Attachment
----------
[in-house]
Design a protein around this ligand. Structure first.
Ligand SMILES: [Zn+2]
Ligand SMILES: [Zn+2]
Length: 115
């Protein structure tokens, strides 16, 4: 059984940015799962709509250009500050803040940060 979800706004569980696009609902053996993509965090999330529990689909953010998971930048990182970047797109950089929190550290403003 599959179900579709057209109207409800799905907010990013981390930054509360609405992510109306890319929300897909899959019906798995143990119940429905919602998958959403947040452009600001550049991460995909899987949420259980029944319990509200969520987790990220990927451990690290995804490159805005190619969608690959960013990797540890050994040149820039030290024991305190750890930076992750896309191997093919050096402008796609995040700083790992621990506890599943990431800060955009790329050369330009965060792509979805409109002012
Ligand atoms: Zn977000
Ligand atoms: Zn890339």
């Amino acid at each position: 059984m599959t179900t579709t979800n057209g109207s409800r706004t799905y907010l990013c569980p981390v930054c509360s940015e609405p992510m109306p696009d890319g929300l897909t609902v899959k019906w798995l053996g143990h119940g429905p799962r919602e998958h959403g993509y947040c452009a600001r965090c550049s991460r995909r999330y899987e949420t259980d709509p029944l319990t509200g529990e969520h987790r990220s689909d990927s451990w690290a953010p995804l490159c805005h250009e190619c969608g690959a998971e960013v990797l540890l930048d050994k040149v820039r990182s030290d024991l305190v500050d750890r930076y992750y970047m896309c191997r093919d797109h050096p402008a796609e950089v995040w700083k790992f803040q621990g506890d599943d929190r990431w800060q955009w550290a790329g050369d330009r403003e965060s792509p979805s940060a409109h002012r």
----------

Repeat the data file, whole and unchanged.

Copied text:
[in-house]
Design a protein around this ligand. Structure first.
Ligand SMILES: [Zn+2]
Ligand SMILES: [Zn+2]
Length: 115
């Protein structure tokens, strides 16, 4: 059984940015799962709509250009500050803040940060 979800706004569980696009609902053996993509965090999330529990689909953010998971930048990182970047797109950089929190550290403003 599959179900579709057209109207409800799905907010990013981390930054509360609405992510109306890319929300897909899959019906798995143990119940429905919602998958959403947040452009600001550049991460995909899987949420259980029944319990509200969520987790990220990927451990690290995804490159805005190619969608690959960013990797540890050994040149820039030290024991305190750890930076992750896309191997093919050096402008796609995040700083790992621990506890599943990431800060955009790329050369330009965060792509979805409109002012
Ligand atoms: Zn977000
Ligand atoms: Zn890339």
């Amino acid at each position: 059984m599959t179900t579709t979800n057209g109207s409800r706004t799905y907010l990013c569980p981390v930054c509360s940015e609405p992510m109306p696009d890319g929300l897909t609902v899959k019906w798995l053996g143990h119940g429905p799962r919602e998958h959403g993509y947040c452009a600001r965090c550049s991460r995909r999330y899987e949420t259980d709509p029944l319990t509200g529990e969520h987790r990220s689909d990927s451990w690290a953010p995804l490159c805005h250009e190619c969608g690959a998971e960013v990797l540890l930048d050994k040149v820039r990182s030290d024991l305190v500050d750890r930076y992750y970047m896309c191997r093919d797109h050096p402008a796609e950089v995040w700083k790992f803040q621990g506890d599943d929190r990431w800060q955009w550290a790329g050369d330009r403003e965060s792509p979805s940060a409109h002012r």